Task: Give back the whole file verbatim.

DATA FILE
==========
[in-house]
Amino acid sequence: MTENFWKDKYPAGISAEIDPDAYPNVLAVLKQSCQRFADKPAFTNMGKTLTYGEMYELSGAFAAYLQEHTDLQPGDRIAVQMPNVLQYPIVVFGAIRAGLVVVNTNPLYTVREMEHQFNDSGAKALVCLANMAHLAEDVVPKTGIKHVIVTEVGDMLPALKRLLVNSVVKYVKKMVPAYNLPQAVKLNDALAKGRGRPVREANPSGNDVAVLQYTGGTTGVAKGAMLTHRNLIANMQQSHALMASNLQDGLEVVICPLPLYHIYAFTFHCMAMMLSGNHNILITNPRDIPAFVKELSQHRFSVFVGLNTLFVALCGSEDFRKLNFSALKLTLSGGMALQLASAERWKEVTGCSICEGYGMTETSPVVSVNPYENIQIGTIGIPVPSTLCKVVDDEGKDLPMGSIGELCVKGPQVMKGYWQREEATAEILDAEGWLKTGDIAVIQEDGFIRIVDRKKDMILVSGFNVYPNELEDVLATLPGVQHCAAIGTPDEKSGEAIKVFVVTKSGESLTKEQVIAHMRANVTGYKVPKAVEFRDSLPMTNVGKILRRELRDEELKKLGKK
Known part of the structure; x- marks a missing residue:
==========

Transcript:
[in-house]
Amino acid sequence: MTENFWKDKYPAGISAEIDPDAYPNVLAVLKQSCQRFADKPAFTNMGKTLTYGEMYELSGAFAAYLQEHTDLQPGDRIAVQMPNVLQYPIVVFGAIRAGLVVVNTNPLYTVREMEHQFNDSGAKALVCLANMAHLAEDVVPKTGIKHVIVTEVGDMLPALKRLLVNSVVKYVKKMVPAYNLPQAVKLNDALAKGRGRPVREANPSGNDVAVLQYTGGTTGVAKGAMLTHRNLIANMQQSHALMASNLQDGLEVVICPLPLYHIYAFTFHCMAMMLSGNHNILITNPRDIPAFVKELSQHRFSVFVGLNTLFVALCGSEDFRKLNFSALKLTLSGGMALQLASAERWKEVTGCSICEGYGMTETSPVVSVNPYENIQIGTIGIPVPSTLCKVVDDEGKDLPMGSIGELCVKGPQVMKGYWQREEATAEILDAEGWLKTGDIAVIQEDGFIRIVDRKKDMILVSGFNVYPNELEDVLATLPGVQHCAAIGTPDEKSGEAIKVFVVTKSGESLTKEQVIAHMRANVTGYKVPKAVEFRDSLPMTNVGKILRRELRDEELKKLGKK
Known part of the structure; x- marks a missing residue: